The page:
Of course, he's not nearly as sensible as he is charming at this point, and he's still likely to find himself punted several feet by his often distracted benefactor. Normally he satisfies himself by simultaneously prancing out ahead of me and turning back to invite play, often literally falling all over himself in ridiculous accidental contortions. A physical comedy no human could ever match. That's the charm of the kitten; a contradiction of feline grace and enthusiastic clumsiness.
I gave him a little food and a pat on the head and went to sleep. It shows how degenerate I am from watching film and television for all these years, but I remember this now as a cinematic fading out to the view of the bedroom door, fading in to the same view in slightly different light, awakened by an urgent knocking there.
I opened the door and my daughter was crying, holding the young Russian blue in her arms like a baby. He gaped up at me with expressionless eyes, his mouth open. At first I thought he was dead. He had been hit by a car. I grabbed the car keys and slipped into a pair of sandals and we rushed him off to a veterinary center nearby that I hoped was open. In the car the little guy struggled to breath, flailing away in mindless desperation at my daughter with each attempt to comfort him, causing her to sob more miserably than ever, as he suffocated on his own blood, which I could see staining the back of his mouth. Thankfully my daughter did not notice this. We made great time, maybe five minutes to what turned out to be a 24-hour animal hospital. More luck, the place was empty and a vet ran out to greet us with admirable concern, the little cat holding on and fighting, hacking away trying to breathe. Ten minutes later they sent us home with a box.
I let our little friend down, in the end, giving him too much freedom too soon. Not so independent after all. Still, I can't regret it. Watching these animals roam the spacious greenbelt next door, as thoughtlessly content as any God could possibly intend, I simply can't imagine denying it to them. To know that we don't so much own the cats as invite them into our homes as long as they'll have it, in exchange for the charm with which they grace us. Such an exquisite pleasure really, to be as mundane as it is. Cats are always free to spurn our offer of companionship. Some do, and this is admirable too, the manifestation of the cat's resistance to final and utter domestication, winning over a proud level of autonomy. Keeping us humans on notice. We don't merely have a relationship with the cats, we have an arrangement. There is an ennobling lack of the practical, for us, in our relationship with cats. They're just friends.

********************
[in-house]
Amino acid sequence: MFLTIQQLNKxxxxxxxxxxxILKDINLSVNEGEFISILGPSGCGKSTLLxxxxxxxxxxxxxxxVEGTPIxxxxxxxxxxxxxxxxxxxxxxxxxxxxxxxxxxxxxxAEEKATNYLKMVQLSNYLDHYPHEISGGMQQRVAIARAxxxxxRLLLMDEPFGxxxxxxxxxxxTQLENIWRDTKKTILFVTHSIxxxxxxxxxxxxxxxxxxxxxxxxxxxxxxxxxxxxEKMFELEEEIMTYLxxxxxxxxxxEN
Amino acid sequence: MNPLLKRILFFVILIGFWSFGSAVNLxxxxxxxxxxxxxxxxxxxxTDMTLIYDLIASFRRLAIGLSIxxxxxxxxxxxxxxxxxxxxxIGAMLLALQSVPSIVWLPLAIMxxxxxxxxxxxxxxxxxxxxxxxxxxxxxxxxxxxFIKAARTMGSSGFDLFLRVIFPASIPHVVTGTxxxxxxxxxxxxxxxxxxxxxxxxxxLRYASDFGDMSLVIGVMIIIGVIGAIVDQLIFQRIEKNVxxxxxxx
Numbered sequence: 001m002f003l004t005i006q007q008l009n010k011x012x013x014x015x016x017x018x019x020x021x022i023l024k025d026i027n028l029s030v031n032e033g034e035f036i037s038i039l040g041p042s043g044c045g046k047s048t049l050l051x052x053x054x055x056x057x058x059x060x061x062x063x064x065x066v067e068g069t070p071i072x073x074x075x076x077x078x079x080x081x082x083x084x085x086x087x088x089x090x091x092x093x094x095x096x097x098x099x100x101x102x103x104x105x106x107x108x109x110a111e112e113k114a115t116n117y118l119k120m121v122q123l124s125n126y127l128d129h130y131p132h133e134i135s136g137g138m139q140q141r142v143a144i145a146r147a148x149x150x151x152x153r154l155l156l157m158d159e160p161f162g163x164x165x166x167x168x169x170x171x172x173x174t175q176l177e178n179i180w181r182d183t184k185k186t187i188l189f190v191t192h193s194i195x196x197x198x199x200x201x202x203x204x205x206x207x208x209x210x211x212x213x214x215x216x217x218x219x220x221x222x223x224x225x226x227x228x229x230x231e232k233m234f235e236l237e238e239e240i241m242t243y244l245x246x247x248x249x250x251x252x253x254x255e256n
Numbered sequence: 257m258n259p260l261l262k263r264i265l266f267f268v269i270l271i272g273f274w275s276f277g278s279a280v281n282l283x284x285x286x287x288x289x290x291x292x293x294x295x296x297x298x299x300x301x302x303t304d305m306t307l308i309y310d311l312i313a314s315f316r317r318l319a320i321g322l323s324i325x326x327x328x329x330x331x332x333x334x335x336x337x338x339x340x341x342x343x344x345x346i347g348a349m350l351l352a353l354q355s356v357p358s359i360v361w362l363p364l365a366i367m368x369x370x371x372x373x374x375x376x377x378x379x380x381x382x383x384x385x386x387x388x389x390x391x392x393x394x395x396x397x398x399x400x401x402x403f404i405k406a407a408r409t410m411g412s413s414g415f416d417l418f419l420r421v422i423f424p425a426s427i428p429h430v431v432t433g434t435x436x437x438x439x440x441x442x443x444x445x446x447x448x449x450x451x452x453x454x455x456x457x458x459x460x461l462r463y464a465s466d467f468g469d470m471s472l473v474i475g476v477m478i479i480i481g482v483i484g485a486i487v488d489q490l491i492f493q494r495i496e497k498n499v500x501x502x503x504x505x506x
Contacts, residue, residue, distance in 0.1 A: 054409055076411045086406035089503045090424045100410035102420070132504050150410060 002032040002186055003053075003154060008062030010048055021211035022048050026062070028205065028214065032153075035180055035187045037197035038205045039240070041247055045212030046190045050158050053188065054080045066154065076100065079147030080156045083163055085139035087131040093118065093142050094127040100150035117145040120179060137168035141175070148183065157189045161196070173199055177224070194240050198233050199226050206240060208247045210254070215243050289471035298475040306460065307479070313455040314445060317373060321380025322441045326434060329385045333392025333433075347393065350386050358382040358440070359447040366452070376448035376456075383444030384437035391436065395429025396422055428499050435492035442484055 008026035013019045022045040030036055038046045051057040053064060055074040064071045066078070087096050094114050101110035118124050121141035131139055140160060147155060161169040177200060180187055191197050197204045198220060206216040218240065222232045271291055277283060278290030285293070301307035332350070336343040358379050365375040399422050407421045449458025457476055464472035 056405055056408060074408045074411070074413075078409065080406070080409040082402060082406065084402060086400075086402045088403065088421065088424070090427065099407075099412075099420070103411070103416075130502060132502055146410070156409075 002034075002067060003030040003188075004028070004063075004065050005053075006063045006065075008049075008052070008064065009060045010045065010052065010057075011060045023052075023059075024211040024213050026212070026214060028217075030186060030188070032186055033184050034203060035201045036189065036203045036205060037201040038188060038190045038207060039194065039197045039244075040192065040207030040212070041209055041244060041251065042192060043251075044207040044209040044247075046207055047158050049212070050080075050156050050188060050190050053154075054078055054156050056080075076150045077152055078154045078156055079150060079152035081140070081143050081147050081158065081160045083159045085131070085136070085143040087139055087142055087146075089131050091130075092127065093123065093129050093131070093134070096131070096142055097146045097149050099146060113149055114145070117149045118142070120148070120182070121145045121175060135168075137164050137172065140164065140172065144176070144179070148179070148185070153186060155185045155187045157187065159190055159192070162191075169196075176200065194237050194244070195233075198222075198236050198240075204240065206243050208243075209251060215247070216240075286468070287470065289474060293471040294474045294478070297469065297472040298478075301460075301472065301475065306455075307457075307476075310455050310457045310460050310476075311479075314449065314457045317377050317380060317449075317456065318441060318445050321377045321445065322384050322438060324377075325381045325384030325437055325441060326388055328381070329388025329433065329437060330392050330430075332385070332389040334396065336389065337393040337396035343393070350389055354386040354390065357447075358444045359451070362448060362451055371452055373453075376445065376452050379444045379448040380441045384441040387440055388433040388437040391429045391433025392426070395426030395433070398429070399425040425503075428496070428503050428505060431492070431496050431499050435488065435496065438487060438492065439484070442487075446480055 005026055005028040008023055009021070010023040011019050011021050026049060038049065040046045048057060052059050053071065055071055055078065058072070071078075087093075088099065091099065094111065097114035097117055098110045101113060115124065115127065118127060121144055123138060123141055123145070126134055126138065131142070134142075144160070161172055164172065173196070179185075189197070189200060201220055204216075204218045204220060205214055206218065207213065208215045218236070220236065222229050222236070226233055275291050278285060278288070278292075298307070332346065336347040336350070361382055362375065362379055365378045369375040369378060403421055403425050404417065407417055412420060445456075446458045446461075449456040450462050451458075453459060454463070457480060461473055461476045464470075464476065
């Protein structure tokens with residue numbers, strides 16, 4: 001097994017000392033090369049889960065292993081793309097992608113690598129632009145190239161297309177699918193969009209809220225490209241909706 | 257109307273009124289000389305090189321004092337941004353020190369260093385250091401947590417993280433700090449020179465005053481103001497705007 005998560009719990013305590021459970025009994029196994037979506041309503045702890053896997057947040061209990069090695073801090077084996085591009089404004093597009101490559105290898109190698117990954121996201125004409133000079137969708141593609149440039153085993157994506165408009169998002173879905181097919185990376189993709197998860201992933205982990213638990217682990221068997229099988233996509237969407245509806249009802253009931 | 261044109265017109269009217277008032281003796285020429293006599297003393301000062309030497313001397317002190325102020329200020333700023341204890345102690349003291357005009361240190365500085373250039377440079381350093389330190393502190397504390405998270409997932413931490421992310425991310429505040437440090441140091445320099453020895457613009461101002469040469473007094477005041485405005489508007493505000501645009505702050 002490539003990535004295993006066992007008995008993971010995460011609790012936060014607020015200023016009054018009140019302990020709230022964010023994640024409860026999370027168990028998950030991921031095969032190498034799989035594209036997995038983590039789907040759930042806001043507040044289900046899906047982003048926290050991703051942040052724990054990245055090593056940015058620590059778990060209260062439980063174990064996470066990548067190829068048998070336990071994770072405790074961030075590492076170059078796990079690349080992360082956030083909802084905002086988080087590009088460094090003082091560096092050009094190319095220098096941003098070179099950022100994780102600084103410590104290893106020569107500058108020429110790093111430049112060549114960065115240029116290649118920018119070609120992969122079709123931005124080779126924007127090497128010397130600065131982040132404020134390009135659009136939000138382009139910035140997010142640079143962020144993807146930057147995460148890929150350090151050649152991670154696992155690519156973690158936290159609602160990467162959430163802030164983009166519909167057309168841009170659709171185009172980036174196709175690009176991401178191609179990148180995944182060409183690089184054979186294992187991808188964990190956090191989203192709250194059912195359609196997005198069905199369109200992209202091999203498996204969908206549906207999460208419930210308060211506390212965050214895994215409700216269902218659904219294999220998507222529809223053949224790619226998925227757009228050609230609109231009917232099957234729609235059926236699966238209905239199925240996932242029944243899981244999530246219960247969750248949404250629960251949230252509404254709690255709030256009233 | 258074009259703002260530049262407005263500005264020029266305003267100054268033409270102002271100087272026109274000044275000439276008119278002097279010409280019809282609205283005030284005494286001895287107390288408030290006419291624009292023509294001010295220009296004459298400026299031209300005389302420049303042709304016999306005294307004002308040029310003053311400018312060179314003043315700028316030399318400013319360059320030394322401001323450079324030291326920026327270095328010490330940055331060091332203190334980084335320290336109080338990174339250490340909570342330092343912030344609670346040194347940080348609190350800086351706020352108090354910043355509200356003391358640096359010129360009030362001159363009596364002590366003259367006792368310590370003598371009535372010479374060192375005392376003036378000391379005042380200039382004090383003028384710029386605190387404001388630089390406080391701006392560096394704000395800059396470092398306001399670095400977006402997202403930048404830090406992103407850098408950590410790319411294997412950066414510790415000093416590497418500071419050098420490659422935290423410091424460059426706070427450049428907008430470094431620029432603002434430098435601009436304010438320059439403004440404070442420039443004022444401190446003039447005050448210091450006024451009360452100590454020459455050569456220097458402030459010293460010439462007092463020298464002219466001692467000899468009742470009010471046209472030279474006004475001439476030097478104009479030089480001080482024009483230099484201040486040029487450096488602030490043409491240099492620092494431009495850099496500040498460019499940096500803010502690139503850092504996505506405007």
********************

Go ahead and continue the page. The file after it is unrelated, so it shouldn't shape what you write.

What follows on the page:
But being soft in my advancing age, I find profoundly touching the idea that we are blessing them with a distinctly unnatural good fortune; with a plenty and safety from the natural world's predations they have no genetic-historical means of comprehending. Sometimes when I notice one of them languorously indulging in this comfort as if it is a birthright, almost arrogantly, taking it all for granted, I think to myself, lucky cat. But in their inscrutable way, a way which I suspect we would find of a higher consciousness than we imagine them capable, if such a thing could be known, they marvel and cherish these blessings with awe-struck reverence. It is a transcendent experience for them. Maybe a little bit for us as well. For all the absurdity of our relations, cats and dogs are made more by their reliance upon us. We are bringing them a sort of enlightenment. We provide the chance to develop finer, more delicate sensibilities; to know higher, conceptual pleasures. We bring civilization to them, when we bring them to it.
I do wish I had thought, as I sometimes do, to close the slider once I got the little guy inside, so that he might give it a rest for a while and improve his chances of surviving into a safer, experienced maturity. If you think I'm attaching too much significance to his death by writing about it here, if you think I place a little too much importance on our pets, you don't know the half of it. We buried little Alex next to a leopard gecko's headstone. My daughter and I allowed ourselves a laugh at that, even as we buried our little friend with an absurd, decadent level of grief to be given over to an animal.
We already miss the presence of our little brother who died on the verge of his first spring. The day after we lost him, I opened the door with the same caution I had only recently acquired, habitually expecting to see him attempting a flash-breakout before I could detain him, as he often would if he'd been stewing impatiently indoors for awhile. I was somehow still surprised not to see him there, even while glumly noting his absence. I had looked forward to the warm weather on his behalf and shuddered to think of the havoc he was going to wreak on the annual springtime profusion of garden snakes. An animal thriving in its element is neither a means nor an end. Nothing so tawdry as that. It is sublimely without purpose, like all good things.